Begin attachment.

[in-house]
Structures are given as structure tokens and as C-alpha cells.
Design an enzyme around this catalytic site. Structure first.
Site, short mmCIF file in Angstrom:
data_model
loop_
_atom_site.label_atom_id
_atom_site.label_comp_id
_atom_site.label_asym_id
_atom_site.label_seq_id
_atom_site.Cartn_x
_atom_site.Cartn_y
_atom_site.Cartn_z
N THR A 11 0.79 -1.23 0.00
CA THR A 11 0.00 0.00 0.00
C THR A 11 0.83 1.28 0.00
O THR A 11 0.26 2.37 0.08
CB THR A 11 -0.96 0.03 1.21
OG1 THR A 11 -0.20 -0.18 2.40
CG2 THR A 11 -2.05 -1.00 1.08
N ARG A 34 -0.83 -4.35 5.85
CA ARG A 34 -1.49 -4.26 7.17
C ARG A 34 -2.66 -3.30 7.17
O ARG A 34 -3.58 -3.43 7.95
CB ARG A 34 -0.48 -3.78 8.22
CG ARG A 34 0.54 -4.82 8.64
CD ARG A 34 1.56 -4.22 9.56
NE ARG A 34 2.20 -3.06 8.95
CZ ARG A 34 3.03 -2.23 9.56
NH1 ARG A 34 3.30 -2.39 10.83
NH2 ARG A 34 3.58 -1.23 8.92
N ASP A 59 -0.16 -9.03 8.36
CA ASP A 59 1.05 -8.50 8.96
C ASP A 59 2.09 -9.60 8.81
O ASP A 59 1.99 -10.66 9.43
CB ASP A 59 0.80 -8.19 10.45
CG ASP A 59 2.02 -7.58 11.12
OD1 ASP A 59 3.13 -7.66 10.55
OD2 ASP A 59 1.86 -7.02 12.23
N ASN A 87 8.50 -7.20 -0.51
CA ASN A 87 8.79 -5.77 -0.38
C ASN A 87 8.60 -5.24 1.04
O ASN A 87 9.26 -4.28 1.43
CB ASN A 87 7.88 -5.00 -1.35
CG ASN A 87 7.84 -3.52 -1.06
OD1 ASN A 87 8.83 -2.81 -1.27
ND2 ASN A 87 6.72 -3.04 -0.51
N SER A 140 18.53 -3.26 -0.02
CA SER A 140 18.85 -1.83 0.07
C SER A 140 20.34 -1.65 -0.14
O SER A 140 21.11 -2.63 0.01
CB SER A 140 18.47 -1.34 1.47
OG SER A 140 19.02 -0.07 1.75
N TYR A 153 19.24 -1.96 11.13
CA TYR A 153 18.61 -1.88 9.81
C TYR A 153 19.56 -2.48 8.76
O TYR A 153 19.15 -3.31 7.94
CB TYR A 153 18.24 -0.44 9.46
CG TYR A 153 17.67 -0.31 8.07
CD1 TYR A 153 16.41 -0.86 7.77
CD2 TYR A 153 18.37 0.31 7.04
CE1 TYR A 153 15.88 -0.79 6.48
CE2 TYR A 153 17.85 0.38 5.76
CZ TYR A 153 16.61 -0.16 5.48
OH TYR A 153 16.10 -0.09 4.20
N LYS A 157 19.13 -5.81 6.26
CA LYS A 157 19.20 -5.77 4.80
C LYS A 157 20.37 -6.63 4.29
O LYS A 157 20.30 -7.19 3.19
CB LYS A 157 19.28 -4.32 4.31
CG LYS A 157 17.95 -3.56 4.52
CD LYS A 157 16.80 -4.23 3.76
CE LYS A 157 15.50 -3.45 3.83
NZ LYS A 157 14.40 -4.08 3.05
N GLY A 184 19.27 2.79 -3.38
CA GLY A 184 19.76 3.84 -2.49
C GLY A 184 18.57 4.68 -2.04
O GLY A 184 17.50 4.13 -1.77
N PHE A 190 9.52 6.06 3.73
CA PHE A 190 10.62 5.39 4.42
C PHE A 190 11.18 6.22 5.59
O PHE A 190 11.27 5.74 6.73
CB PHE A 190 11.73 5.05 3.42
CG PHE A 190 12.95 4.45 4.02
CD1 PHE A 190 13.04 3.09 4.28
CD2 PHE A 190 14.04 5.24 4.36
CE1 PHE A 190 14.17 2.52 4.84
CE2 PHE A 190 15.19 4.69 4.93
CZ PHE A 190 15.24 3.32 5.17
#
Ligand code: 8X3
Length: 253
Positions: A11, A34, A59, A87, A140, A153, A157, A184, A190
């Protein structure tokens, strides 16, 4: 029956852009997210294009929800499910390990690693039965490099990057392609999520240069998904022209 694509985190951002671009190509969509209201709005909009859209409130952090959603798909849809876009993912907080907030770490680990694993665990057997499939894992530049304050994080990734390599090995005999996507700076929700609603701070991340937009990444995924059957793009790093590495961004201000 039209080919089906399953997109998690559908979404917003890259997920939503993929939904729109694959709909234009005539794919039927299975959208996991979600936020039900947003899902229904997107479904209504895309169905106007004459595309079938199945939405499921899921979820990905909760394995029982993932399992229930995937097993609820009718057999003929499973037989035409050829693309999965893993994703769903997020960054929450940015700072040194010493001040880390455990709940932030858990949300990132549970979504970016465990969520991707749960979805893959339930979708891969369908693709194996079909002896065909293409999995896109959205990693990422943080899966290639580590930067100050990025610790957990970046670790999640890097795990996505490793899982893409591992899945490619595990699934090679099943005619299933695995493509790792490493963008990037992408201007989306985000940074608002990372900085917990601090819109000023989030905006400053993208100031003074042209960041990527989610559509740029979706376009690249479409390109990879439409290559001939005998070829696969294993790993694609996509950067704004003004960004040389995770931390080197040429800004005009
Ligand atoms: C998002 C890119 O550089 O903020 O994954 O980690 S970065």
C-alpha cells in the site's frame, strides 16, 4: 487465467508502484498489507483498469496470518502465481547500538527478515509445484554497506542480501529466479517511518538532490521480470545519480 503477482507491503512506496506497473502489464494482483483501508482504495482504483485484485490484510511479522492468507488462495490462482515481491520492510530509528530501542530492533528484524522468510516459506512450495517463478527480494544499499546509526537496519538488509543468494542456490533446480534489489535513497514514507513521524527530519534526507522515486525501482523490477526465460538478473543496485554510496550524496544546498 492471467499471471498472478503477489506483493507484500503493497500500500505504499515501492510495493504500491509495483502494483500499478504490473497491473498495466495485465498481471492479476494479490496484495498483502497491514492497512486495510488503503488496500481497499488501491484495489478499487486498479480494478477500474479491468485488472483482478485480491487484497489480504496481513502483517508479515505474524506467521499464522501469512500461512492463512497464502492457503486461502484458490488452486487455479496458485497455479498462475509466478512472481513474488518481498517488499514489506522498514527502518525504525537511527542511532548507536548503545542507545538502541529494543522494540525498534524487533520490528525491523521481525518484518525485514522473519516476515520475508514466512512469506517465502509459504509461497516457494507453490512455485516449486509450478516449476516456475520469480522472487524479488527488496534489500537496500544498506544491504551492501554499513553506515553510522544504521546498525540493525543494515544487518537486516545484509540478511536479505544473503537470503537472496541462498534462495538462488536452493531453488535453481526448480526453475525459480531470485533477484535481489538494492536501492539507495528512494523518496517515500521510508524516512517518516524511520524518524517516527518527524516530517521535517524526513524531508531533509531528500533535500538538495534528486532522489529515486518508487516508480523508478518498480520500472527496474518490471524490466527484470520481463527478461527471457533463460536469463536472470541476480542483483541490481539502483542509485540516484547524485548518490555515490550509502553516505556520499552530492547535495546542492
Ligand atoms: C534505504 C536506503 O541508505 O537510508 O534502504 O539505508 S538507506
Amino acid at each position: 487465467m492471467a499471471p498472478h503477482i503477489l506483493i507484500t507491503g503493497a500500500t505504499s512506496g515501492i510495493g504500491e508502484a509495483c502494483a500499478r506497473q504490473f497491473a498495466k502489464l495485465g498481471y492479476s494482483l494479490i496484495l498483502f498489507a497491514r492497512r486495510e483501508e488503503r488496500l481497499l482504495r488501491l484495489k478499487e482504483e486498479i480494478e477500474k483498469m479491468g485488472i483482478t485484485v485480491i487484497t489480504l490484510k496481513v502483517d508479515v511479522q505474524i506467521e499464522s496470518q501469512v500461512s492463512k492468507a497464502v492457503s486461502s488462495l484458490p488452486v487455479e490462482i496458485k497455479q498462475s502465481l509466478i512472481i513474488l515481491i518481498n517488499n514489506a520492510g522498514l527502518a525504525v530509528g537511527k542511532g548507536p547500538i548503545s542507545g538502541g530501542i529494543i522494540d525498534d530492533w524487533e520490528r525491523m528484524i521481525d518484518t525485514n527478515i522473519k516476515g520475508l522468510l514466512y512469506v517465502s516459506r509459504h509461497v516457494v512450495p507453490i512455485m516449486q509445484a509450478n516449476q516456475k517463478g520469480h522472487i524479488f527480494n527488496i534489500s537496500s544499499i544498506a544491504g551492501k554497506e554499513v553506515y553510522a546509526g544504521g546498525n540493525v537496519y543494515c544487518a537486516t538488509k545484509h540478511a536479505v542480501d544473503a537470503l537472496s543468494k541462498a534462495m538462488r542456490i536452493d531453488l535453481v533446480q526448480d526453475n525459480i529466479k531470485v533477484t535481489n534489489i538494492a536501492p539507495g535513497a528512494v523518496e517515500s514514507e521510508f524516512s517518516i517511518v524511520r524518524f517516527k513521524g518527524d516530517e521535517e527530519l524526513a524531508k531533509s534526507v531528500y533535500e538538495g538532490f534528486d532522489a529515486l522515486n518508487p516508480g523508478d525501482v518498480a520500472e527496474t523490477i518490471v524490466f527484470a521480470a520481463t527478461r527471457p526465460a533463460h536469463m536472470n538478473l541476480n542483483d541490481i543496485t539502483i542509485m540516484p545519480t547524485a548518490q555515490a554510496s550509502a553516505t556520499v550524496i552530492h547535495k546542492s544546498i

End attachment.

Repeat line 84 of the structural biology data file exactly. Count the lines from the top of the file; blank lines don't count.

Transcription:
CG PHE A 190 12.95 4.45 4.02